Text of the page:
Twice in this century, Americans resisted giving up the ideas of neutrality and noninvolvement. Certainly before World War I, most Americans did not know their own power--nor their nation's. And before America entered World War II, the view from the other side--from the midst of the Battle of Britain--was simultaneously hopeful and bleak. If America entered the war, it would be long fought and surely won; but if America stayed out, the Nazis might never be defeated.
I vividly remember the crystallization of that certainty on Pearl Harbor day. We learned of the attack while at the dinner table at Chequers, the prime minister's official country home. On that Sunday evening, apart from the normal entourage and family, the guests included the American ambassador, John Winant, and Averell Harriman, the Lend Lease expeditor for President Roosevelt.
At 9, as on every other night, Prime Minister Winston Churchill turned on the BBC, and we heard the announcer begin a detailed summary of the day's happenings. Then came a startling interruption: "The news has just been given that Japanese aircraft have raided Pearl Harbor, the American naval base in Hawaii."
The prime minister immediately put in a call to President Roosevelt, who said, "It is quite true. They have attacked us at Pearl Harbor. We are all in the same boat now." The president added that he would go to Congress for declaration of war the next morning. The prime minister responded that he would go down to the House of Commons and declare war on Japan within an hour after the American declaration.
All of us in the room knew that evening that the world would now be transformed fundamentally by American power, as it had long since been transformed by the American ideal.
And, as we all know, in the aftermath of that victory, the United States did not disengage. Led by this nation, the West contained communism and prevailed sooner than President Kennedy could have expected in what he called "the long, twilight struggle."
So America did not return to isolationism after the war. But half a century later, the question urgently presents itself again: Will this nation choose to engage in or avoid events beyond our shores? I believe, sadly, that question is still open. The defeat at Pearl Harbor led to an era of American commitment. Will the victory at the Berlin Wall lead to an era of American timidity?
The danger comes not because of our national leadership, but in spite of it. President Bush directly met the challenge of aggression, forthrightly led the United States into and through the Gulf War and in the process strengthened America's role as a beacon of liberty and security for a new world order.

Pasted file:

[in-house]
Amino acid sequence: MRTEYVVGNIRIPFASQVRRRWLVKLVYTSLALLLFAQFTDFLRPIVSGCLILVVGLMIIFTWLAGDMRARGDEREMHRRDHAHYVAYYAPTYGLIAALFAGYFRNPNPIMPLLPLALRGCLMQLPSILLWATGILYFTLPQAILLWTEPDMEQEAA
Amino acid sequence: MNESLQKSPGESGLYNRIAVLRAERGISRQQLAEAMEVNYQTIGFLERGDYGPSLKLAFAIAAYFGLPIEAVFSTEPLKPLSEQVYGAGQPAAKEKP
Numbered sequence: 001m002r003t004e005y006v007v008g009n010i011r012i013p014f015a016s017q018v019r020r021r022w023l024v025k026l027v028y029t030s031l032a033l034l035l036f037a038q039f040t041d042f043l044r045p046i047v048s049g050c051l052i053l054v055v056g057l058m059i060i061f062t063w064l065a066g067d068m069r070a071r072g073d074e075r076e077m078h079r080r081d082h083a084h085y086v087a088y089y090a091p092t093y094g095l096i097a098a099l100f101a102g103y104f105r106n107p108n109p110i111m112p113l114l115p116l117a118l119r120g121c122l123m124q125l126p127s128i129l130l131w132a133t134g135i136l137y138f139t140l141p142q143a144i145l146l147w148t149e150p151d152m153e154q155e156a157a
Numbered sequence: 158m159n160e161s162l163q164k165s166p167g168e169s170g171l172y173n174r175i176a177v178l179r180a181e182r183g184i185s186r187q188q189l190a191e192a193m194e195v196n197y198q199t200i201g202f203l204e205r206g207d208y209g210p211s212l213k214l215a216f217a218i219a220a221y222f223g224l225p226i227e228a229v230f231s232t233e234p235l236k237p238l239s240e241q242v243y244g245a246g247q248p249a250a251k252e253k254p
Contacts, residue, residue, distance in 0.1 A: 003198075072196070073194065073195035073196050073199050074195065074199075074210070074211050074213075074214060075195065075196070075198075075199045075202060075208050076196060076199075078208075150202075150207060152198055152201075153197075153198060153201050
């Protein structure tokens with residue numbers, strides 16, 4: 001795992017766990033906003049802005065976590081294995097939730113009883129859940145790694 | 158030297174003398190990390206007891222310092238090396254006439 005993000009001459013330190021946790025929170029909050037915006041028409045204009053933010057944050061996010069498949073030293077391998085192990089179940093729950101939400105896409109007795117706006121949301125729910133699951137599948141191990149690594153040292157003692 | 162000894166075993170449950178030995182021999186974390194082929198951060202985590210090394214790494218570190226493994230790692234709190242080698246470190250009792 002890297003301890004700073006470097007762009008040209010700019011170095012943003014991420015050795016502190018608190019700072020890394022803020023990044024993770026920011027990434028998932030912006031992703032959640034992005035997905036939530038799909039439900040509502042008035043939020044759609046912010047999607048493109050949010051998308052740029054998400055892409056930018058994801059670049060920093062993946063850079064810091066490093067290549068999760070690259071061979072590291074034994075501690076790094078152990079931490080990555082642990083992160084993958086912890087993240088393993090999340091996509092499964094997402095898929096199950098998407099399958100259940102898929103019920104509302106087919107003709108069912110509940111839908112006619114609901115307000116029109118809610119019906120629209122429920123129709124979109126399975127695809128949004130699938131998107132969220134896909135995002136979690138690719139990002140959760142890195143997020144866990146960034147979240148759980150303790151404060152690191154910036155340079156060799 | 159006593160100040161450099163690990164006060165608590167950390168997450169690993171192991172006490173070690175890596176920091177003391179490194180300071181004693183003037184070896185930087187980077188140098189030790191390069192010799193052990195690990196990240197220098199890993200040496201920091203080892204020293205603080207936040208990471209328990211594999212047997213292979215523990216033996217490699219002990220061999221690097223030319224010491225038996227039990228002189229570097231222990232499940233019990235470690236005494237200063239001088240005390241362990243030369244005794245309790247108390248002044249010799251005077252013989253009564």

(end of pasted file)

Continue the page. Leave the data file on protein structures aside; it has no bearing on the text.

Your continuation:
President Clinton has strengthened that course--in more difficult and certainly less clear-cut circumstances. He intervened in Haiti despite dire warnings of inevitable failure at a high cost in casualties--and then largely succeeded with hardly any American losses. His steady course in the Middle East and his bold initiative in Ireland have brought both of these long, historically imbedded struggles close to settlements that once seemed all but unattainable.
Now, the hardest test is Bosnia. Against the advice to give up and consign the Balkans to chaos, this president insisted that America had a responsibility to meet. He refused to unilaterally violate the arms embargo, which would have driven our allies out and Americanized the war. When one side flouted common standards of democracy and bombed civilian populations with impunity, he finally persuaded NATO to agree on a serious and sustained bombing campaign. And when the bombing had a profound effect and negotiations resumed, he moved the talks to the United States and committed his administration to sculpt an agreement.
The resistance along the way has proceeded from a genuine if misguided belief that the United States can be isolated from this problem or from the world at large. The call to a new isolationism restates an old argument that is historically discredited and potentially disastrous. It demands a candid statement of the necessity for involvement and of the consequences of a measured activist exercise of American power.
First of all, it is clear that an engaged America is essential to both liberty and stability, for the material well-being of Americans and of the rest of the world as well. Not every issue demands our involvement, but the guiding principle cannot be to act where it is easy and retreat when it is difficult.
Second, the responsible exercise of American power will bring casualties. We will lose some young Americans if we act; in case after case, we will lose many more if we do not. If a situation is not worth risking casualties, then it is not worth being there at all. The price of freedom can be high. Past generations of Americans have willingly paid that price. Future generations are likely to be called on to do the same.
Third, we must strengthen our allies and our international institutions to distribute the responsibilities of global order. We should seek loyal allies, but we should not demand automatic assent. President Jacques Chirac of France made a blunt and indispensable contribution to reshaping policies toward Bosnia. His words did not always make his allies comfortable, but in the end, they made the way ahead clearer.
Fourth and finally, the exercise of American power to achieve a world of peace and justice cannot be passing or temporary. Effort and sacrifice will be a continuing responsibility for the United States, as the world's superpower, and for other nations that must enlist in this cause.
I hope now that we will stay the course--and that the fate of those values abroad ultimately can determine the state of our freedom at home. I am confident that if we do our part, if we exercise the power we have in the ways we should, then America will live on in liberty and the driving force of history will continue to be the American idea.